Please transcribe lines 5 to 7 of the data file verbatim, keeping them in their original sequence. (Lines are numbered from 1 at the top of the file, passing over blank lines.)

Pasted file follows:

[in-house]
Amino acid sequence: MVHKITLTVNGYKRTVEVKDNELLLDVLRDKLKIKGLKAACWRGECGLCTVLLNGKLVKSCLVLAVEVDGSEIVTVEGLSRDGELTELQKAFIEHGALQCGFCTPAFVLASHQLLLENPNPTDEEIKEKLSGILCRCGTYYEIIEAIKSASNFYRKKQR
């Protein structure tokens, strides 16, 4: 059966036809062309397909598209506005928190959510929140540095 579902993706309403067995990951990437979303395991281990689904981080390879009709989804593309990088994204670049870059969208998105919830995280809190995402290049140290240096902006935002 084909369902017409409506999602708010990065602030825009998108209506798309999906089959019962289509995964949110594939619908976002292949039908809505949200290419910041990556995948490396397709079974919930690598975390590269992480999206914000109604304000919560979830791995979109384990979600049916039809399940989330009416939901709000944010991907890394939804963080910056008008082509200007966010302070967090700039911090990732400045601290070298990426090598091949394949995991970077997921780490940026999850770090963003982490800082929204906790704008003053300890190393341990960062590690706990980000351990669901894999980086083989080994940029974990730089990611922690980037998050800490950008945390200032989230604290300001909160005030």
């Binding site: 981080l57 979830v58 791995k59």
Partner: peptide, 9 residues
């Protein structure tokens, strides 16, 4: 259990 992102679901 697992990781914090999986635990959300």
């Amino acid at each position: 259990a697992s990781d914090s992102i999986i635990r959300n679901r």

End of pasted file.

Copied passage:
Partner: peptide, 9 residues
């Protein structure tokens, strides 16, 4: 259990 992102679901 697992990781914090999986635990959300």
């Amino acid at each position: 259990a697992s990781d914090s992102i999986i635990r959300n679901r």